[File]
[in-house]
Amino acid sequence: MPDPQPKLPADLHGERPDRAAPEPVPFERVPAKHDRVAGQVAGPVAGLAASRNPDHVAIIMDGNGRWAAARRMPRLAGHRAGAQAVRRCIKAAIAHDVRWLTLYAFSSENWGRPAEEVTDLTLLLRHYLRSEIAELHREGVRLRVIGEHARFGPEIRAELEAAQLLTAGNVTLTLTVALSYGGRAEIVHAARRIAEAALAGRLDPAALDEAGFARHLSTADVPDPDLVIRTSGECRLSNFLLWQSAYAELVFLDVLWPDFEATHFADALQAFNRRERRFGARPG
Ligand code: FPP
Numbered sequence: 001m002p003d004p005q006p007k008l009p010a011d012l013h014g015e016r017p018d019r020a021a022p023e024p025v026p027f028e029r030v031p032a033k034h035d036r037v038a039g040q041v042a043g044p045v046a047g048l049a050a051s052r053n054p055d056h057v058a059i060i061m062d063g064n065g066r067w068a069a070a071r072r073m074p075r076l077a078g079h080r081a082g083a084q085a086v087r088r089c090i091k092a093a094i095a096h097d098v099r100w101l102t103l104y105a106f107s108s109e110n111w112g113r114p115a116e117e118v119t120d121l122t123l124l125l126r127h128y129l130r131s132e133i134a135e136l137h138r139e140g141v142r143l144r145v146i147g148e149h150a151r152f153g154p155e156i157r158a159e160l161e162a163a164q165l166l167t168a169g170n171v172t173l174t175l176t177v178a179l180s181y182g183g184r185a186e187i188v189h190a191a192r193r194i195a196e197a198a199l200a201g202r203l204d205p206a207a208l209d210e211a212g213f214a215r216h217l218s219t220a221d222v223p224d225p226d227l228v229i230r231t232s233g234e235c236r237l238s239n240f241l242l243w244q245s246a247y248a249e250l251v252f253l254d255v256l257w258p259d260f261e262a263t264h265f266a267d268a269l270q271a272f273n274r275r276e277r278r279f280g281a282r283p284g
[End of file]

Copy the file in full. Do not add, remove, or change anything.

[in-house]
Amino acid sequence: MPDPQPKLPADLHGERPDRAAPEPVPFERVPAKHDRVAGQVAGPVAGLAASRNPDHVAIIMDGNGRWAAARRMPRLAGHRAGAQAVRRCIKAAIAHDVRWLTLYAFSSENWGRPAEEVTDLTLLLRHYLRSEIAELHREGVRLRVIGEHARFGPEIRAELEAAQLLTAGNVTLTLTVALSYGGRAEIVHAARRIAEAALAGRLDPAALDEAGFARHLSTADVPDPDLVIRTSGECRLSNFLLWQSAYAELVFLDVLWPDFEATHFADALQAFNRRERRFGARPG
Ligand code: FPP
Numbered sequence: 001m002p003d004p005q006p007k008l009p010a011d012l013h014g015e016r017p018d019r020a021a022p023e024p025v026p027f028e029r030v031p032a033k034h035d036r037v038a039g040q041v042a043g044p045v046a047g048l049a050a051s052r053n054p055d056h057v058a059i060i061m062d063g064n065g066r067w068a069a070a071r072r073m074p075r076l077a078g079h080r081a082g083a084q085a086v087r088r089c090i091k092a093a094i095a096h097d098v099r100w101l102t103l104y105a106f107s108s109e110n111w112g113r114p115a116e117e118v119t120d121l122t123l124l125l126r127h128y129l130r131s132e133i134a135e136l137h138r139e140g141v142r143l144r145v146i147g148e149h150a151r152f153g154p155e156i157r158a159e160l161e162a163a164q165l166l167t168a169g170n171v172t173l174t175l176t177v178a179l180s181y182g183g184r185a186e187i188v189h190a191a192r193r194i195a196e197a198a199l200a201g202r203l204d205p206a207a208l209d210e211a212g213f214a215r216h217l218s219t220a221d222v223p224d225p226d227l228v229i230r231t232s233g234e235c236r237l238s239n240f241l242l243w244q245s246a247y248a249e250l251v252f253l254d255v256l257w258p259d260f261e262a263t264h265f266a267d268a269l270q271a272f273n274r275r276e277r278r279f280g281a282r283p284g